- start moving towards just hand on chest and dummy reinserts for settling. But you stay lying on your bed right next to baby in cot until asleep.

- after a while, settle baby with hand on chest and dummy, then move your hand away and just lie on your bed facing baby when going to sleep. But stay until asleep and always be prepared to go back up the ladder of comfort if extra help is needed.

- settle with hand on chest and dummy. Then stay on your bed next to cot but roll to face away from cot. Roll back and hand on chest if needed. Roll away but stay when calm. Stay until asleep. Now would be a good time to put the side back on the cot.

... You should hopefully get the idea from that. It is to gradually teach baby to go from awake to asleep in the cot with the dummy. This is not a quick fix, it will take patience and consistency to achieve.

Skippydooda Sat 07-Oct-17 17:07:07

Thanks so much fatedestiny

We did have a snuzpod and that was excellent so a sidecar cot seems like a great idea... just want to ensure it's fully safe in that there'd be no dangerous gaps?

In your experience can starting solids cause this kind of upset to sleep? Cos it's so coincidental!!!

Gertie777 Sat 07-Oct-17 17:39:15

We’ve been doing solids for 10 days and sleep has def been worse for us. NCT friends seem to have the same. I guess their tummies feel different, lots going on mentally, and there is also a growth spurt around now, so lots of possible reasons. Mine finally slept through again last night, so hopefully we’re now back to normal!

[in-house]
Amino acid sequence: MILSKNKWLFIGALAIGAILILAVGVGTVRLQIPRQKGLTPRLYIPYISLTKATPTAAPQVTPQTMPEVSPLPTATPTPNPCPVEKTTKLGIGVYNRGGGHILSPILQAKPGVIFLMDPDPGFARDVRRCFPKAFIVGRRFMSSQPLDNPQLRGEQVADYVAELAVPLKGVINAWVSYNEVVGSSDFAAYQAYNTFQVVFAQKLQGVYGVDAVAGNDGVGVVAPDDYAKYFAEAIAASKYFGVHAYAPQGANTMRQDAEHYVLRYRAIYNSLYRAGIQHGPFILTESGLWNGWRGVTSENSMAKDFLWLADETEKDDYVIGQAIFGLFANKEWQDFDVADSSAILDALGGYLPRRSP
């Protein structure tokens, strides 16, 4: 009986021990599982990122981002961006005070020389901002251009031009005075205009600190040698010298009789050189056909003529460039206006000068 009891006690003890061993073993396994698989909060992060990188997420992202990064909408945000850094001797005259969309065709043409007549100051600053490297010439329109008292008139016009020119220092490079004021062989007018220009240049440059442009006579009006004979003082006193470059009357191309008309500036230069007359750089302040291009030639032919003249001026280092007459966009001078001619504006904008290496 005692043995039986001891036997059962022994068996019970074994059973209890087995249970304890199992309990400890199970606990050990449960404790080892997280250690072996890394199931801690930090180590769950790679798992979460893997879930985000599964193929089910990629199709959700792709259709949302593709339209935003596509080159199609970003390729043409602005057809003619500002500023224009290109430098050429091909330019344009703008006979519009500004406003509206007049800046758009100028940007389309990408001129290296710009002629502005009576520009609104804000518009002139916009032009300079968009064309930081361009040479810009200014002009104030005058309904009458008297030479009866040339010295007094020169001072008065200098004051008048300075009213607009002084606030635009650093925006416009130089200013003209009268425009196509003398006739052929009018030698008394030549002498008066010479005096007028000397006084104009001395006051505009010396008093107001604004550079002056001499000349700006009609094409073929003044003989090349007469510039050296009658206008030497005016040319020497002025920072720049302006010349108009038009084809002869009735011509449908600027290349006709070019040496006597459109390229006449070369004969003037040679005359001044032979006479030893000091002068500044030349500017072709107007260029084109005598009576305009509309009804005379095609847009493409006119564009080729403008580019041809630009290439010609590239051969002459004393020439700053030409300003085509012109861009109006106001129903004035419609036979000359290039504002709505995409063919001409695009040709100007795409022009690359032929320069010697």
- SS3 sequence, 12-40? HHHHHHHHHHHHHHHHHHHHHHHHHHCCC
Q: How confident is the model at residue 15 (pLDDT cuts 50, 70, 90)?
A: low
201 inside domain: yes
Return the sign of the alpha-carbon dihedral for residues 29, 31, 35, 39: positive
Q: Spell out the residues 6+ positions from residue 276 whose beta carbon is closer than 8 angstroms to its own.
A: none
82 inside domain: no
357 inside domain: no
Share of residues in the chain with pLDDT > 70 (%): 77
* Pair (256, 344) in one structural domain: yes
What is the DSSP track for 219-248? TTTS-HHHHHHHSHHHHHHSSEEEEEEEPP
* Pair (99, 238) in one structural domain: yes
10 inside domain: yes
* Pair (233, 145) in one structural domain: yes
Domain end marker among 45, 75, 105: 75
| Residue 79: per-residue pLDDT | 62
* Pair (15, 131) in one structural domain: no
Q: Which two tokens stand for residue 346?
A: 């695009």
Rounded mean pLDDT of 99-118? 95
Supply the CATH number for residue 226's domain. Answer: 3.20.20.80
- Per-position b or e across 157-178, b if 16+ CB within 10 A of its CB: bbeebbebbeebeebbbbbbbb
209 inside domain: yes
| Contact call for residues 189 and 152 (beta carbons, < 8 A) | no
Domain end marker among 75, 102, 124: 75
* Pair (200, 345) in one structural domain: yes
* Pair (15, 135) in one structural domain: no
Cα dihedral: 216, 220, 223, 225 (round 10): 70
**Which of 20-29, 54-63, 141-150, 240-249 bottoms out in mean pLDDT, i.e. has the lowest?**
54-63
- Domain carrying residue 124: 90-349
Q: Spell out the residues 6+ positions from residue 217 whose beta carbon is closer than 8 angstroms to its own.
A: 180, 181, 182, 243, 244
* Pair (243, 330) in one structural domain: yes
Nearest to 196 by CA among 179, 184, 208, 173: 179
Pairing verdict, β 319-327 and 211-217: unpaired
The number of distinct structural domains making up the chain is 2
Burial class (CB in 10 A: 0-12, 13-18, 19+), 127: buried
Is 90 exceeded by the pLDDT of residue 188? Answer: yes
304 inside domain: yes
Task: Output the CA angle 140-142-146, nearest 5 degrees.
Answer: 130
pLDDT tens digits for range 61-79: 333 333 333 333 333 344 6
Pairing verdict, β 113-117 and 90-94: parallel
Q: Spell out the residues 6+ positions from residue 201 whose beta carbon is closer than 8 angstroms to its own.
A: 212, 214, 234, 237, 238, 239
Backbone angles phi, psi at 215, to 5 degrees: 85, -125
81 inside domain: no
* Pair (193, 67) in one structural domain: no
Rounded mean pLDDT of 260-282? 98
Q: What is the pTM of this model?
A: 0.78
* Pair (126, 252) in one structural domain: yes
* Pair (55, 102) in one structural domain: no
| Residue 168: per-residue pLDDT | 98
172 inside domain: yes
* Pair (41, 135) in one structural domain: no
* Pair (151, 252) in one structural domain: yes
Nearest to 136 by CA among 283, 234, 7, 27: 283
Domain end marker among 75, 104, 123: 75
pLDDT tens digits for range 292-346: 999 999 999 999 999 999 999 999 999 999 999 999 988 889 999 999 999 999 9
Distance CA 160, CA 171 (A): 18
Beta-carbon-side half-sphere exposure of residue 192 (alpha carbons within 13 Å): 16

RandomMess Sat 07-Oct-17 17:45:47

Basically you seem to have a sleep association issue. He needs boob in mouth or you there with him every time he is in light sleep to get back to sleep.

If he's feeding lots at night that works for him, means he doesn't need to bother in the day (if he's the nosey sort or not that fussed about daytime eating)

FATEdestiny Sat 07-Oct-17 18:09:13

In your experience can starting solids cause this kind of upset to sleep?

A spoonful or two a day is neither here nor there. If anything, a more likely reason for sleep difficulties is needing more calories, since such a tiny amount won't help baby's increasing calorific need very much.

I am of the opinion to go full-on into weaning at 6 months. I would be doing 3 meals a day within the first week, including protein, dairy and carbs as finger food (given that fruit and veg are low calorie). As well as naintaining milk feeds as they were pre-weaning.

1 or 2 spoonfuls a day is such an insignificantly tiny amount that unless you have a child with food allergies, this is not going to make and difference to anything and should affect sleep.

We did have a snuzpod and that was excellent so a sidecar cot seems like a great idea... just want to ensure it's fully safe in that there'd be no dangerous gaps?

There are several suggestions for this online, if you Google. Some examples are:

- pool noodles between the cot and side furthest away from the bed to push the cot mattress across the bridge between cot and bed
- buy or cut a price of foam mattress, avaliable available from Amazon
- mattress connectors, available from various retailers
- rolled up towel/blanket in the gap
- large sheet pulled all the way across both bed and got mattress in one go